Tuesday, November 13, 2012

Army Ten Miler

The first race that I successfully completed this HY (that's Hannah Year, virtually the same as a Fiscal Year, since it runs from 1 October to 30 September) is the Army Ten Miler in Washington, DC, on October 21. I signed up for this one the very first day registration was open for active duty military, and so did my other friend Hannah (no, we are not related. But people still ask.)

This race has been on my list because, well, I'm in the Army. I'm a Signal Officer, stationed here in Augusta, GA. The Army Ten Miler is a big opportunity for servicemembers from all over the world to come together and run. A lot of posts sponsor running teams, who run in the team division, and they are good. The Army's World Class Athlete Program also sends athletes, who are also very good.

I'm not a very good runner, so I went it with minimal expectations as far as PRing. In addition, I worked 12 hour shifts, switching between night shift and day shifts, for the four weeks prior to this weekend, so, needless to say, my training was minimal for the last few weeks leading into this. And by minimal, I mean, I did half of a P90X video maybe every other day before falling asleep on my couch. Not much running.

 I actually hurt my knee in late September anyway, and was in a debate with my doctor over which was more painful: long slow runs, or short fast runs. I contended that the long slow runs were less painful and resulted in less swelling, but my doctor was convinced that short runs would be better, even though a short, fast, one mile run was enough to break me off for two days after. Needless to say, I decided that ten miles pretty slow should be fine.

The trip to Washington, DC, was going to be fast, quick, and to the point. Because my unit has been in the middle of exercises, I wanted to stick to just the weekend, rather than asking for a four-day weekend. I got plane tickets from Charlotte, NC, to Baltimore-Washington International with a departure Saturday morning and return Sunday night. Charlotte is a little over 2 hours from Augusta, but to me, flying on Airtran consistently is worth the drive. Flights out of the Augusta regional airport require a stop in Charlotte or Atlanta anyway, so I was just skipping an extra flight and saving a few dollars.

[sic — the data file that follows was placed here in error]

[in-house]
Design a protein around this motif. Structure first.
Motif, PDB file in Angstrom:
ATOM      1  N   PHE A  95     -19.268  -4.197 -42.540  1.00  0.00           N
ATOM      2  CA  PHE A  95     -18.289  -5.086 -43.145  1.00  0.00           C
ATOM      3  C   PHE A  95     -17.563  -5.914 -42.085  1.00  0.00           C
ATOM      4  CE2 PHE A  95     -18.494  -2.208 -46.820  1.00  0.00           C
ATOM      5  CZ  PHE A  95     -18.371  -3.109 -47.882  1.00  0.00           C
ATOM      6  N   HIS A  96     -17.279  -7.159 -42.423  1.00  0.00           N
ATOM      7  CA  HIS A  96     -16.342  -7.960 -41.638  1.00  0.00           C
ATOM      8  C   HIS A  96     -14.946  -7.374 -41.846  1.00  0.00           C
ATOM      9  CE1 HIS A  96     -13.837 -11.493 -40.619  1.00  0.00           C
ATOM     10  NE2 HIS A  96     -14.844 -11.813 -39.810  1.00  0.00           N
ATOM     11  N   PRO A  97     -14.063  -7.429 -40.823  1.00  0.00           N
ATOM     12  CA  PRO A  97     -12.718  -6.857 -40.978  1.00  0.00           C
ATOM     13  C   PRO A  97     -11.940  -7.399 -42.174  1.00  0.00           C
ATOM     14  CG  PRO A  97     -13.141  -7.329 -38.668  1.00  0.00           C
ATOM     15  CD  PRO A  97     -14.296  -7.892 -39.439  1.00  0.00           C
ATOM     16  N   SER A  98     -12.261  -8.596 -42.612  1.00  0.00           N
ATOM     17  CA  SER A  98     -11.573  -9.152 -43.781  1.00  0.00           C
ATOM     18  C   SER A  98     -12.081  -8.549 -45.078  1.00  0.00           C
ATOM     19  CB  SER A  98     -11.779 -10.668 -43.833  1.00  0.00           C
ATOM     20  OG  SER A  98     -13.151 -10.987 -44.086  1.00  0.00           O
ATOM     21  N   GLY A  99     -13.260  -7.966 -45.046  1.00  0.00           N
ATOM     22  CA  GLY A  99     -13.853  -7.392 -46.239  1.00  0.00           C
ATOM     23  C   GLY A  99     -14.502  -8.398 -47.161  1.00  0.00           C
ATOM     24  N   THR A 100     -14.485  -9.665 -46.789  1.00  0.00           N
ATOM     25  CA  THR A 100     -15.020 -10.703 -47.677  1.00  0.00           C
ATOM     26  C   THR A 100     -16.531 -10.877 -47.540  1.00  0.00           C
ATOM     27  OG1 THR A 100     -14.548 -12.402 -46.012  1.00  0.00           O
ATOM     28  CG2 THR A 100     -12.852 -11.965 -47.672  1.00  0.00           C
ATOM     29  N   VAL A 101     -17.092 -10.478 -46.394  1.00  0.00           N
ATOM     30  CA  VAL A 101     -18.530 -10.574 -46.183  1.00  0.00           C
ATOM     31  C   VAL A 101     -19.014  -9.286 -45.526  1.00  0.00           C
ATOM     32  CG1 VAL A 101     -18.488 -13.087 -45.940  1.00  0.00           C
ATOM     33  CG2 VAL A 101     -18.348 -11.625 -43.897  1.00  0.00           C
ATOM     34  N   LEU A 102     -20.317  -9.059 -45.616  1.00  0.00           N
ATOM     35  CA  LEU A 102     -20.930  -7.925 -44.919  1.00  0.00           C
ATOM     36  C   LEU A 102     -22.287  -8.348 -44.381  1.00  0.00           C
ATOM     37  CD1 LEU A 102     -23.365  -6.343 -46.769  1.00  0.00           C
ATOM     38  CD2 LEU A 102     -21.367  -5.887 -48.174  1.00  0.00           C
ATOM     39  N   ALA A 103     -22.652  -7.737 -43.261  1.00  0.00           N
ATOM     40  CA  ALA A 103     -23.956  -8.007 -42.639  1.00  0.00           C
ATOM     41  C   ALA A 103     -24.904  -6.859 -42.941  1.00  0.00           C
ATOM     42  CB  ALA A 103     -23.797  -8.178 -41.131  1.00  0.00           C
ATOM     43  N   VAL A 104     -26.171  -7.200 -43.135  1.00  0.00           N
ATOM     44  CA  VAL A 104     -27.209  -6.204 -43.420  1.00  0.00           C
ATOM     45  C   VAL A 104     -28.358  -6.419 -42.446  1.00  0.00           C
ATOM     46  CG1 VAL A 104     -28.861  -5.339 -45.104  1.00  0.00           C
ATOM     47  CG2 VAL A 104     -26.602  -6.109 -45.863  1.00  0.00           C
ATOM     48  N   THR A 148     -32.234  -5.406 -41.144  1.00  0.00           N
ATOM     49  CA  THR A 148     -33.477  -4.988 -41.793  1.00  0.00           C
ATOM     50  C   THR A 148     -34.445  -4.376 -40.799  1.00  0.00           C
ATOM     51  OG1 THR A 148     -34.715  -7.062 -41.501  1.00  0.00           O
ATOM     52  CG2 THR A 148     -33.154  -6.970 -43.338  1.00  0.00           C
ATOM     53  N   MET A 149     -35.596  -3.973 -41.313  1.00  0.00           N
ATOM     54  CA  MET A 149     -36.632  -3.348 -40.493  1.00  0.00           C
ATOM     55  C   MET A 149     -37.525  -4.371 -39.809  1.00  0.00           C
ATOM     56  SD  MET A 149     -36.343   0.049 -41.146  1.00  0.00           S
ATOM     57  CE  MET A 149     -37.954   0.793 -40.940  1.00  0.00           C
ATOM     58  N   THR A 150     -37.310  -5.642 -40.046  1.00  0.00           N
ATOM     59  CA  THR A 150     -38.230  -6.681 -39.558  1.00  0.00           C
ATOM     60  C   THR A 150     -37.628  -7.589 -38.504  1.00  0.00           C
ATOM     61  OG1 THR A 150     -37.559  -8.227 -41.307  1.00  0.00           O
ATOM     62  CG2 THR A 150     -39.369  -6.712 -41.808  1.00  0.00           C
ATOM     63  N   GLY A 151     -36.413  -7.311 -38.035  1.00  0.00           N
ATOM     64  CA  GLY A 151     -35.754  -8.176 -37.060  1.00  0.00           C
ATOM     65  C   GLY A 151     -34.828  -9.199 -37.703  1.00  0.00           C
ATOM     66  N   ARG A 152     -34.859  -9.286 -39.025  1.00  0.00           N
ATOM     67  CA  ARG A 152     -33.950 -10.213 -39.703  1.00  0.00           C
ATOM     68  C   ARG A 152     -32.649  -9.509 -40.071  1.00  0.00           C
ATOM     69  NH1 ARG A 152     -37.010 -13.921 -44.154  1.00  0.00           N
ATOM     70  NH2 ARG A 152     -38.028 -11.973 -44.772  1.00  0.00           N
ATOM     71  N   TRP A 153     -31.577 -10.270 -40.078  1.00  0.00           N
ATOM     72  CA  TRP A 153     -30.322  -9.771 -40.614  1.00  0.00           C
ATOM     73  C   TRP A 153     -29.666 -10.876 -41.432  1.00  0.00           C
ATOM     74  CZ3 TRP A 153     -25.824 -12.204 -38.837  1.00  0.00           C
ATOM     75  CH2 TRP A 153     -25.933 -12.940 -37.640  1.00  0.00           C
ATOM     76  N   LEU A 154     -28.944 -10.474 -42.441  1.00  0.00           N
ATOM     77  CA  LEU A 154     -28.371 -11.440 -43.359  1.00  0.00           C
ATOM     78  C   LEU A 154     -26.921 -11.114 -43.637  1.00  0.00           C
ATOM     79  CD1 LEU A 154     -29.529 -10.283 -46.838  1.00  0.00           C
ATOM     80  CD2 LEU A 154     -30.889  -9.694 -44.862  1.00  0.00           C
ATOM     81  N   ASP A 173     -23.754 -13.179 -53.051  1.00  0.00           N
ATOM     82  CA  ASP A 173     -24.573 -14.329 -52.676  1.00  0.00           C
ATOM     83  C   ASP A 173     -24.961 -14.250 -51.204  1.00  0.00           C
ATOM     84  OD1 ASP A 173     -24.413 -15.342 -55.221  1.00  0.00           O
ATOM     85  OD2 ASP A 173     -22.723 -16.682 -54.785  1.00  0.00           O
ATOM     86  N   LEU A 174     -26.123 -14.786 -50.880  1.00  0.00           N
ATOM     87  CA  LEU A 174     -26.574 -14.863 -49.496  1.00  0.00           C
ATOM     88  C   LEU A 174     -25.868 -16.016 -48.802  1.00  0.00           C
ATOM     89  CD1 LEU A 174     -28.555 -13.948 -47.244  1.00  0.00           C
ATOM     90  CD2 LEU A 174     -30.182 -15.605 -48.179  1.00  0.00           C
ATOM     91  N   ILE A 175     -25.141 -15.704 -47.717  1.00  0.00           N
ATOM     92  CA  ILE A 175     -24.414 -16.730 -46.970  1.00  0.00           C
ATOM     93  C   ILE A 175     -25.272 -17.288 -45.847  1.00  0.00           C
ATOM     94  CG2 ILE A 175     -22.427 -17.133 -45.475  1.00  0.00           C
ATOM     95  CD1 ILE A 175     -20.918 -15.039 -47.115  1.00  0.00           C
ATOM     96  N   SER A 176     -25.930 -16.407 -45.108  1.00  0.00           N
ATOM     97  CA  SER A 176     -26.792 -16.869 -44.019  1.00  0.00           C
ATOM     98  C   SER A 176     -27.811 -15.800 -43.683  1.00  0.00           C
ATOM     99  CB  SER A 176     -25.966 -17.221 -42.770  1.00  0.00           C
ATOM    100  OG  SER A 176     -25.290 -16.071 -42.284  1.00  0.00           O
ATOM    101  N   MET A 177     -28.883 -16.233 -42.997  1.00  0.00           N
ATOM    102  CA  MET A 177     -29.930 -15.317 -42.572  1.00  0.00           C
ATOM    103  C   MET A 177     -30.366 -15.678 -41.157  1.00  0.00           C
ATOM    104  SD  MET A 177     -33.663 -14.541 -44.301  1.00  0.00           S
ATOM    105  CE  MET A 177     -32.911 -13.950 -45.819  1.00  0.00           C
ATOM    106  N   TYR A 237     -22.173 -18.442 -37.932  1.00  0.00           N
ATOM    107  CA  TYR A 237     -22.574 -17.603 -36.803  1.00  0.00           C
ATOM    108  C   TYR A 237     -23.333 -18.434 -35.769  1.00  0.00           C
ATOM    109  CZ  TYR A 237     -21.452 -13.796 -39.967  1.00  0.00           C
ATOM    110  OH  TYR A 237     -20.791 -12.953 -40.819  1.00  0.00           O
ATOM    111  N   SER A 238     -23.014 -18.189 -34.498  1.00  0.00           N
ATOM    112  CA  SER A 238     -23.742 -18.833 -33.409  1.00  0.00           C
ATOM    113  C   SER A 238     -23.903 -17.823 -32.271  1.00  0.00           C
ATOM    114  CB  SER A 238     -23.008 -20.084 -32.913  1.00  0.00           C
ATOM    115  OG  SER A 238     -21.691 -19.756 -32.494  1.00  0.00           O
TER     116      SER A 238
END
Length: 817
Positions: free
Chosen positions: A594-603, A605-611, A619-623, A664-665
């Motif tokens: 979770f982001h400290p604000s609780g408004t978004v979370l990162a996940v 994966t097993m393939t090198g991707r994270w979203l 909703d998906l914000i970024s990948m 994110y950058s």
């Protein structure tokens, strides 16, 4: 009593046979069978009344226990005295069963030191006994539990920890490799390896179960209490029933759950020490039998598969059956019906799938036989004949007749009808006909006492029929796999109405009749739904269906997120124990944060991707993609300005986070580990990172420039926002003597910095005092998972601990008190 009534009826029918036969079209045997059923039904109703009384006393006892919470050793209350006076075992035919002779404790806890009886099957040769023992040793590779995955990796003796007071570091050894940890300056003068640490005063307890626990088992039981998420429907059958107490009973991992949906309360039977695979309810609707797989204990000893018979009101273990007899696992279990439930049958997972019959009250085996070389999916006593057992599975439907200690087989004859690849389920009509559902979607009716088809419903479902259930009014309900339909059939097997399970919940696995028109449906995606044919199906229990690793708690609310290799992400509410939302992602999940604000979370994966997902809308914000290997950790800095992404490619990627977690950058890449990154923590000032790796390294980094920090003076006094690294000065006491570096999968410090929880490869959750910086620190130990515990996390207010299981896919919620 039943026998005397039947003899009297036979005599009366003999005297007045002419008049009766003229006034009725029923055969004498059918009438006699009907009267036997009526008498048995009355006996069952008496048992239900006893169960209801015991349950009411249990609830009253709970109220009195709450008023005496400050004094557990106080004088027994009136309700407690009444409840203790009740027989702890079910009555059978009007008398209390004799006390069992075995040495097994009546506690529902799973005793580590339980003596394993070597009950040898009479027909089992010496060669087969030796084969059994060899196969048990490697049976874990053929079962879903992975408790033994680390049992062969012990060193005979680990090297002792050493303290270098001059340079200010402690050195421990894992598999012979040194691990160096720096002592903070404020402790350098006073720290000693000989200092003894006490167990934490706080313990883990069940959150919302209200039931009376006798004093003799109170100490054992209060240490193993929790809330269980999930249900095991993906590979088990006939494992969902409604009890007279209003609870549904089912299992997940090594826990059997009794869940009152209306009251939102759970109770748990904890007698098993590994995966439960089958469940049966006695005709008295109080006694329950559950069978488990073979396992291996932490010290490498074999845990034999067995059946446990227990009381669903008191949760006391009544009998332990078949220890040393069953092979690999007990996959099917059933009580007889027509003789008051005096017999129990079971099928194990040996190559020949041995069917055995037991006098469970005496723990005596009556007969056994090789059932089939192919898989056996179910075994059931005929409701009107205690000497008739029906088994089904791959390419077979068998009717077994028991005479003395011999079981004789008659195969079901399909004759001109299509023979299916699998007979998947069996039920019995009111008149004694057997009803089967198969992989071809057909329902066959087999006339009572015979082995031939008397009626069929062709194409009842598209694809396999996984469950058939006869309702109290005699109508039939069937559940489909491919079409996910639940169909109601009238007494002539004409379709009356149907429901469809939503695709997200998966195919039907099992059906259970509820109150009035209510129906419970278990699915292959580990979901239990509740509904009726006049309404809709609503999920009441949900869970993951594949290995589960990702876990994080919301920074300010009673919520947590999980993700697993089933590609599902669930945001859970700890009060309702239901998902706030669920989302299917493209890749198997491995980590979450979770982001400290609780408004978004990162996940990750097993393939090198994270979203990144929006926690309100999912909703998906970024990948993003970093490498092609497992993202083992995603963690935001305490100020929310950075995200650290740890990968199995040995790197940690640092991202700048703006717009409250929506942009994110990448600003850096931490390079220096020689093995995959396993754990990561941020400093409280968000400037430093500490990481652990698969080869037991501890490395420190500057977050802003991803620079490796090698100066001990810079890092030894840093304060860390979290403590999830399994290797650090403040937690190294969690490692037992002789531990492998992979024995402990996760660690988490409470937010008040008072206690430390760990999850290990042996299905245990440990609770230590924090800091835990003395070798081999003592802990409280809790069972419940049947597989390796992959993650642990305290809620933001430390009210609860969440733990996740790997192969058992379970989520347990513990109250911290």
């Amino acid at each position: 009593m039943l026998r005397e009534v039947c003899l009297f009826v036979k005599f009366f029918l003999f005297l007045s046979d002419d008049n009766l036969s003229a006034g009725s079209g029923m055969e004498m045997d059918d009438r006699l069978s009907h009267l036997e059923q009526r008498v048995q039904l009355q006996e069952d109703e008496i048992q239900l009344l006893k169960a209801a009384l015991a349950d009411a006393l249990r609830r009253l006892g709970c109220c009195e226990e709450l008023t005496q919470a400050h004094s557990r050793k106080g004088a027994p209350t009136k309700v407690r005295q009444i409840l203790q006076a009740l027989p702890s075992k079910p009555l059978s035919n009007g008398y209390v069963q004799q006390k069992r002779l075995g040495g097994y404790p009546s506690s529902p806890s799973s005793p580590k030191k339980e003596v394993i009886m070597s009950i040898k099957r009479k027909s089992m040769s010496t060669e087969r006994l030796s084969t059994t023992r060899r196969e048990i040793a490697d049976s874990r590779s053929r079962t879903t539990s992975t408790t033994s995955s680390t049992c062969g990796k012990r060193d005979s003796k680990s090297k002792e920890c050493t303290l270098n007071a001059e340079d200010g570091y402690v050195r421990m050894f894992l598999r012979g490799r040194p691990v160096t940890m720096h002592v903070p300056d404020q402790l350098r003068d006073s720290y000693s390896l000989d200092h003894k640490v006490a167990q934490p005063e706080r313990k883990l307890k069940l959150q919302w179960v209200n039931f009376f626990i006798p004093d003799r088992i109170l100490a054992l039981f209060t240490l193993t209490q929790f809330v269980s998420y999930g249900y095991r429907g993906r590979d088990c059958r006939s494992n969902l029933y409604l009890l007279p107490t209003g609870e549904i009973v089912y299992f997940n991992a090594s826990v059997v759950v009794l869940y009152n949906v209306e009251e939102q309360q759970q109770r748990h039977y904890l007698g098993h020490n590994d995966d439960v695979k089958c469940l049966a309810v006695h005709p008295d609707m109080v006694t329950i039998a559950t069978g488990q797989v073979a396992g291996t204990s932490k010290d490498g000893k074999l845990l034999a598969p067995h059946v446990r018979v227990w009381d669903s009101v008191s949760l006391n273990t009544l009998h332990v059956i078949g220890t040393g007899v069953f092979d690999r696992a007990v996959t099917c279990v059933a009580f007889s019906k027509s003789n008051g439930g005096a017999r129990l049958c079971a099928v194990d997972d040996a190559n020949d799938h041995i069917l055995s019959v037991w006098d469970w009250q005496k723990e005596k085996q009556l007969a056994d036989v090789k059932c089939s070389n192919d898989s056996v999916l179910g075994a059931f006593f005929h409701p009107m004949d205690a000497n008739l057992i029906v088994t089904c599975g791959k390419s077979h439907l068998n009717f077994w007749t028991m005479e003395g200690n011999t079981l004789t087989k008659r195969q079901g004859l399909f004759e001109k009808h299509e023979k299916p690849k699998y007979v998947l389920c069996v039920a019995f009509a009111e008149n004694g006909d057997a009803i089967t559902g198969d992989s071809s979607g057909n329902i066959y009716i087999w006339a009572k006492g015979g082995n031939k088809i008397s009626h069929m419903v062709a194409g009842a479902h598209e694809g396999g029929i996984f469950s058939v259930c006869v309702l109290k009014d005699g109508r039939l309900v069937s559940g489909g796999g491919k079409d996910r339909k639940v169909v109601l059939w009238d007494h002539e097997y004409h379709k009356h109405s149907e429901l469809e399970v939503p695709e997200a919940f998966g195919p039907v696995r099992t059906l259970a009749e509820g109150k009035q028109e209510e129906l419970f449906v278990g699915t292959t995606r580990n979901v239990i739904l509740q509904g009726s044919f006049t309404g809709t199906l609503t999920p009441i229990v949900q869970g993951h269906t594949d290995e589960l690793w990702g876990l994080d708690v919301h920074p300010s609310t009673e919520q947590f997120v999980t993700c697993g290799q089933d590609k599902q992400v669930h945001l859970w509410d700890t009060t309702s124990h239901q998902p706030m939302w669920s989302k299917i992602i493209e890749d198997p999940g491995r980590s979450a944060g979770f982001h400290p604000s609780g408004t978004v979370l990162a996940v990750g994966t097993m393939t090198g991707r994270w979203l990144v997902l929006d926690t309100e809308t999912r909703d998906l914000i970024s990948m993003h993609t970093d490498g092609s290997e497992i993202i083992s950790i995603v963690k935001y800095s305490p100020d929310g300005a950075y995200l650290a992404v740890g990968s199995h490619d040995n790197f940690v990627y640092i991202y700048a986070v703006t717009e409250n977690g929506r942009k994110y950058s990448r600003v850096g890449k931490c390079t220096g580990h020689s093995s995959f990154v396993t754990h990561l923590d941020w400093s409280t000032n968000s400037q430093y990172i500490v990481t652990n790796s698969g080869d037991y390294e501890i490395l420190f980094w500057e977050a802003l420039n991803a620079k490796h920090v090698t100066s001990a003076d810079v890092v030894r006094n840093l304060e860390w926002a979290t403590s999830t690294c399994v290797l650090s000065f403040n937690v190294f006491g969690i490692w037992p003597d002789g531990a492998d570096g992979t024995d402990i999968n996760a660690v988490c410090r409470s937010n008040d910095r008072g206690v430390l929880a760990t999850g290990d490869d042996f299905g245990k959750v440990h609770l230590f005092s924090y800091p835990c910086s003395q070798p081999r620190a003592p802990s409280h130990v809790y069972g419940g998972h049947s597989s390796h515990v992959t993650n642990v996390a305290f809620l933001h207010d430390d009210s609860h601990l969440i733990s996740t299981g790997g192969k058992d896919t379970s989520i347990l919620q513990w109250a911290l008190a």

The night before I left, I made the decision to pack just my backpack for this trip. I laid out my race outfit, an emergency pair of extra running shorts/pajamas, my running shoes, and a few extra t-shirts, threw some toiletries in a plastic bag and grabbed the emergency makeup kit from my gym bag, and decided that should be good enough.

I got up very early (ahem, 5:30am) Saturday, and started the drive to Charlotte. Quite possibly the only memorable parts of the drive were a) listening to the Newsies Broadway soundtrack and b) seeing a deer Ranger-roll across four lanes of highway. I got to the airport with plenty of time before my flight, sped through the TSA PreCheck Lane (best thing TSA has ever done!! No taking shoes off for active military, cause we probably are't going to blow up the plane!) and grabbed some coffee. As I was settling in to wait for boarding, my investment in loyalty to Airtran paid off and I got upgraded to Business Class for my flight to BWI. And, surprise surprise, the in-flight magazine had a picture of my college town on the front!!